Regency Romance Era Thieves and Sporting Slang W

A Very Merry Chase Regency Romance Era Lexicon Of Relevant Terms

“W”

WABLER. Footwabler; a contemptuous term for a foot soldier, frequently used by those of the cavalry.

WAG. An arch-frolicsome fellow.

WAGGISH. Arch, gamesome, frolicsome.

WAGTAIL. A lewd woman.

WAITS. Musicians of the lower order, who in most towns play under the windows of the chief inhabitants at midnight, a short time before Christmas, for which they collect a christmas-box from house to house. They are said to derive their name of waits from being always in waiting to celebrate weddings and other joyous events happening within their district.

WAKE. A country feast, commonly on the anniversary of the tutelar saint of the village, that is, the saint to whom the parish church is dedicated. Also a custom of watching the dead, called Late Wake, in use both in Ireland and Wales, where the corpse being deposited under a table, with a plate of salt on its breast, the table is covered with liquor of all sorts; and the guests, particularly, the younger part of them, amuse themselves with all kinds of pastimes and recreations: the consequence is generally more than replacing the departed friend.

WALKING CORNET. An ensign of foot.

WALKING POULTERER. One who steals fowls, and hawks them from door to door.

WALKING STATIONER. A hawker of pamphlets.

WALKING THE PLANK. A mode of destroying devoted persons or officers in a mutiny or ship-board, by blindfolding them, and obliging them to walk on a plank laid over the ship’s side; by this means, as the mutineers suppose, avoiding the penalty of murder.

WALKING UP AGAINST THE WALL. To run up a score, which in alehouses is commonly recorded with chalk on the walls of the bar.

WALL. To walk or crawl up the wall; to be scored up at a public-nouse.

WAP. To beat.

WAPPER-EYED. Sore-eyed.

WARES. Merchandise or commodities for sale.

WARE HAWK. An exclamation used by thieves to inform their confederates that some police officers are at hand.

WARM. Rich, in good circumstances. To warm, or give a man a warming; to beat him.

WARMING-PAN. A pan full of hot coals for warming the sheets or a female bedfellow.

WARREN. One that is security for goods taken up on credit by extravagant young gentlemen.

WASH. Paint for the face, or cosmetic water.

WASP. An infected prostitute, who like a wasp carries a sting in her tail.

WASPISH. Peevish, spiteful.

WASTE. House of waste; a tavern or alehouse, where idle people waste both their time and money.

WATER-MILL. A woman’s private parts.

WATER SNEAKSMAN. A man who steals from ships or craft on the river.

WATER. His chops watered at it; he longed earnestly for it. To watch his waters; to keep a strict watch on any one’s actions. In hot water: in trouble, engaged in disputes.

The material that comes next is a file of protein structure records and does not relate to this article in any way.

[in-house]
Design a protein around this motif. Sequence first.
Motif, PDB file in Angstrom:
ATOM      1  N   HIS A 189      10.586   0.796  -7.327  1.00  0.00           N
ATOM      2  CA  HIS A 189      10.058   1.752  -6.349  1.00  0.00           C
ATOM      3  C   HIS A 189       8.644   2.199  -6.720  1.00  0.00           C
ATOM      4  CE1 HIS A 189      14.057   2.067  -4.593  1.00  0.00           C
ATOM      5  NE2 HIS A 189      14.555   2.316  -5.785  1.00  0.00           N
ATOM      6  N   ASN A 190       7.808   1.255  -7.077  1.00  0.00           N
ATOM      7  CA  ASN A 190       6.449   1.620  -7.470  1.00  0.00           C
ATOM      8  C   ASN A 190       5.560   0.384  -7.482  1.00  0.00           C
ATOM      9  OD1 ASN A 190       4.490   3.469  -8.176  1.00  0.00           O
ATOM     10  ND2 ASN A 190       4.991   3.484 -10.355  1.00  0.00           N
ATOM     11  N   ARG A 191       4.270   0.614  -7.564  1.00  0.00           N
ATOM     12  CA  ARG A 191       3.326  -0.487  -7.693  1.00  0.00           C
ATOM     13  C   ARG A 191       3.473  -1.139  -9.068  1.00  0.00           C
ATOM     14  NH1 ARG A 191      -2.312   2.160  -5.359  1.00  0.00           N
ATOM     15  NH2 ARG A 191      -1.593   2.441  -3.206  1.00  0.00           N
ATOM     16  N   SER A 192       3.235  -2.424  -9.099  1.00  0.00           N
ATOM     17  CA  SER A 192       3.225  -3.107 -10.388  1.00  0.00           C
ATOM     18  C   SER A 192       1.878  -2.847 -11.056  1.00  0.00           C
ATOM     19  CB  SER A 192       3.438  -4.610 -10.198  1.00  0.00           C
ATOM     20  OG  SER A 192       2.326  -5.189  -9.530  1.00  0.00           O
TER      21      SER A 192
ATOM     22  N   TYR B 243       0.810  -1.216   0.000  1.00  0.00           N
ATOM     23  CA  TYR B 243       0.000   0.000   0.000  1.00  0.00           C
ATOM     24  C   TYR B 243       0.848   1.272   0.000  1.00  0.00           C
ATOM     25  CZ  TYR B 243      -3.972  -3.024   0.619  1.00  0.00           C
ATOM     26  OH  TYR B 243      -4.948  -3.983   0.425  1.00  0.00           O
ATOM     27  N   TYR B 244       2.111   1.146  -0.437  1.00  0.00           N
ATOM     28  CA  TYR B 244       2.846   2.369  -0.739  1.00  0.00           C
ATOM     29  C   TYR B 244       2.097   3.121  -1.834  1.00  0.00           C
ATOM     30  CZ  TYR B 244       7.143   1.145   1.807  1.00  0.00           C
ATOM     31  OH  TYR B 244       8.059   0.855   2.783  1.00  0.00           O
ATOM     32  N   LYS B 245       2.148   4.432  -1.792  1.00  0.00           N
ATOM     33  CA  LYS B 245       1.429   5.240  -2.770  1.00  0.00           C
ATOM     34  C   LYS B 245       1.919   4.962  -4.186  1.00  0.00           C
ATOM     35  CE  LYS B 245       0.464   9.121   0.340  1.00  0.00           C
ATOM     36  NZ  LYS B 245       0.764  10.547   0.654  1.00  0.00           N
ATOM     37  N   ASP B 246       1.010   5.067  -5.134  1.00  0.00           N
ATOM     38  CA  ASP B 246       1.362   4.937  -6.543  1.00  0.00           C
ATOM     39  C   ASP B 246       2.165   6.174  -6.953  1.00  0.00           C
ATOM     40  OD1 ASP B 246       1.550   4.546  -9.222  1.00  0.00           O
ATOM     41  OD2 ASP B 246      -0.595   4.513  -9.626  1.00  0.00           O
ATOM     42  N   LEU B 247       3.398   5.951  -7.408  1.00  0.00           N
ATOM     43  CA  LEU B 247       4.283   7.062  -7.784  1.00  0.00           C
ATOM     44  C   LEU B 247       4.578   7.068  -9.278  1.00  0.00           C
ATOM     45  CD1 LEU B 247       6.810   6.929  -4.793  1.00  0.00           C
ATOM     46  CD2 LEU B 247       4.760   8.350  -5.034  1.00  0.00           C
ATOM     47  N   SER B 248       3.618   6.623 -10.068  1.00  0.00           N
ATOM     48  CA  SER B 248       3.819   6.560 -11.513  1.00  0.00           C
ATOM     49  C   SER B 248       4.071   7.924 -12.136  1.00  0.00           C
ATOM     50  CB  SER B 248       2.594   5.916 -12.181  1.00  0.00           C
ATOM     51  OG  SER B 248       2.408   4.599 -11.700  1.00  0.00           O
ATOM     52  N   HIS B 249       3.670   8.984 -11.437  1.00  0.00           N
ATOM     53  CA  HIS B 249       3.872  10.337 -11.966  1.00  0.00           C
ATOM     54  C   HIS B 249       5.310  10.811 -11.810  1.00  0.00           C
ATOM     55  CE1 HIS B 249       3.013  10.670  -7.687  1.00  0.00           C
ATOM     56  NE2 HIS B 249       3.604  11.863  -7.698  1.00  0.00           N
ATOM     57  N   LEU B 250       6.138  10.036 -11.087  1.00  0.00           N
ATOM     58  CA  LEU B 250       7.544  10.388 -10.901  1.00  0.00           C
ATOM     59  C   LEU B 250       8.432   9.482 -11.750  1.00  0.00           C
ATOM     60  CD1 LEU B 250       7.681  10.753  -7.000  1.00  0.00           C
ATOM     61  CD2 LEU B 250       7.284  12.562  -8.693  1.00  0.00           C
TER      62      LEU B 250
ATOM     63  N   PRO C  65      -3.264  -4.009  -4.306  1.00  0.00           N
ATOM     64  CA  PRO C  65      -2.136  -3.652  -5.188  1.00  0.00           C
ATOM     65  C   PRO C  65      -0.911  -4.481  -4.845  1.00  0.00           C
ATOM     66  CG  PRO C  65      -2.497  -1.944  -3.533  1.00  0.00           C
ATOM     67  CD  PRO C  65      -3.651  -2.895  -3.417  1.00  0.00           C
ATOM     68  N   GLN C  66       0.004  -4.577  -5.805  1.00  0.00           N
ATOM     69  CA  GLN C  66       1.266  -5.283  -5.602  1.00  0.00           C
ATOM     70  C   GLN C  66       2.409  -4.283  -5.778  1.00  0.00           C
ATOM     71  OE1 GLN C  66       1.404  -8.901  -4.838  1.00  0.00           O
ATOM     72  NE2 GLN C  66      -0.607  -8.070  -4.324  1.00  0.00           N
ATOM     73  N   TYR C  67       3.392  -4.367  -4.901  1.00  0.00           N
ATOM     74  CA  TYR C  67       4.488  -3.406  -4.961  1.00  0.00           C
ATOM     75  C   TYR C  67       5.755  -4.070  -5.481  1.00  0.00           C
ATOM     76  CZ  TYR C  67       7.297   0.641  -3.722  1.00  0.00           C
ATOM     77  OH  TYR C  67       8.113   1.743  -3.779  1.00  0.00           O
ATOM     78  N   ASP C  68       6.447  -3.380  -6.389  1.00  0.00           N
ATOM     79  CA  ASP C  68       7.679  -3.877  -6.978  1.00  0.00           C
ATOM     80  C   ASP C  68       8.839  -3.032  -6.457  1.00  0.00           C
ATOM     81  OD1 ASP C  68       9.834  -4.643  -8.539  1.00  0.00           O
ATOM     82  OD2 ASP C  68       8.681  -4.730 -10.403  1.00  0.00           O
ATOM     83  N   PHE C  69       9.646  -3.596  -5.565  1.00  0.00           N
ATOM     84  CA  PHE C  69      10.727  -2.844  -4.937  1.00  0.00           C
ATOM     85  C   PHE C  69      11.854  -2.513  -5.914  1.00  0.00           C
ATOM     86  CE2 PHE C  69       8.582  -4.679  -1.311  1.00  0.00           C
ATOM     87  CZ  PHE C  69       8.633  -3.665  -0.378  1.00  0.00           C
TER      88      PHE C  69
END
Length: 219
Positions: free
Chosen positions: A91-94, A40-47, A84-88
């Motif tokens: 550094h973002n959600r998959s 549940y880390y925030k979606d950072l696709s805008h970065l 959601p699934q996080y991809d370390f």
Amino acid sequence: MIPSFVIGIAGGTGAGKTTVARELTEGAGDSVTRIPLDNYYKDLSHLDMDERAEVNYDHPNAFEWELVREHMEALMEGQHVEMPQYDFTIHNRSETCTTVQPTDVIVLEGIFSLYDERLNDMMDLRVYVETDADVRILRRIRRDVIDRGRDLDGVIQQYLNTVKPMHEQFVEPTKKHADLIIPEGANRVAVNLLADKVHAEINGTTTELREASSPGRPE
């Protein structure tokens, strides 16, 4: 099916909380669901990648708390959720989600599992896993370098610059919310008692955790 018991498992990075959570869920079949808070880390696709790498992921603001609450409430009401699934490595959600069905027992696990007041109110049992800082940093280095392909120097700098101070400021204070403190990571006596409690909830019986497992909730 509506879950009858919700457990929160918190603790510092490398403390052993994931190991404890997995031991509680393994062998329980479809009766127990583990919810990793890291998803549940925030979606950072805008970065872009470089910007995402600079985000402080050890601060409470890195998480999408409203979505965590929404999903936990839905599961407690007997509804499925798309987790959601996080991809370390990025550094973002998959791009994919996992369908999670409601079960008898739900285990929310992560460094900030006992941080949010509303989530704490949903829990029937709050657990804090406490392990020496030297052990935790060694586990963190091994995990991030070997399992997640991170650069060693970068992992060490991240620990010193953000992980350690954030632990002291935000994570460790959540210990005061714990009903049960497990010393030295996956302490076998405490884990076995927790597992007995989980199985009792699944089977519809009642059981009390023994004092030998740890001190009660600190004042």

WATER BEWITCHED. Very weak punch or beer.

WATERPAD. One that robs ships in the river Thames.

WATERY-HEADED. Apt to shed tears.

WATER SCRIGER, A doctor who prescribes from inspecting the water of his patients.

WATTLES. Ears.

WEASEL-FACED. Thin, meagre-faced.

WEASEL-GUTTED. Thin-bodied.

WEDGE. Silver plate, because melted by the receivers of stolen goods into wedges.

WEED. To take a part.

WEEPING CROSS. To come home by weeping cross; to repent.

WELCH COMB. The thumb and four fingers.

WELCH MILE. Like a Welch mile, long and narrow. His story is like a Welch mile, long and tedious.

WELCH EJECTMENT. To unroof the house, a method practised by landlords in Wales to eject a bad tenant.

WESTMINSTER WEDDING. A match between a harlot and a rogue.

WHAPPER. A large man or woman.

WHEEDLE. Beg, or to cut a wheedle; to decoy by fawning or insinuation.

WHELP. An impudent whelp; a saucy boy.

WHEREAS. To follow a whereas; to become a bankrupt, to figure among princes and potentates: the notice given in the Gazette that a commission of bankruptcy is issued out against any trader, always beginning with the word whereas. He will soon march in the rear of a whereas.

WHET. A morning’s draught, commonly white wine, supposed to whet or sharpen the appetite.

WHETSTONE’S PARK. A lane between Holborn and Lincoln’s-inn Fields, formerly famed for being the resort of women of the town.

WHIDS. Words.

WHIDDLE. To tell or discover.

WHIDDLER. An informer, or one that betrays secrets.

WHIP OFF. To run away, to drink off greedily, to snatch.

WHIP-BELLY VENGEANCE. Pinch-gut vengeance, of which he that gets the most has the worst share. Weak or sour beer.

WHIPPER-SNAPPER. A diminutive fellow.

WHIPSTER. A sharp or subtle fellow. A skilled coachman or driver of various styles of carriage.

WHIPPED SYLLABUB. A flimsy, frothy discourse or treatise, without solidity.

WHIRLYGIGS. Testicles.

WHISKER. A great lie.

WHISKER SPLITTER. A man of intrigue.

WHISKIN. A shallow brown drinking bowl.

WHISKY. A malt spirit, or a one-horse chaise.

WHIST. A card game that is similar to bridge.

WHISTLING SHOP. Rooms in the King’s Bench and Fleet prison where drams are privately sold.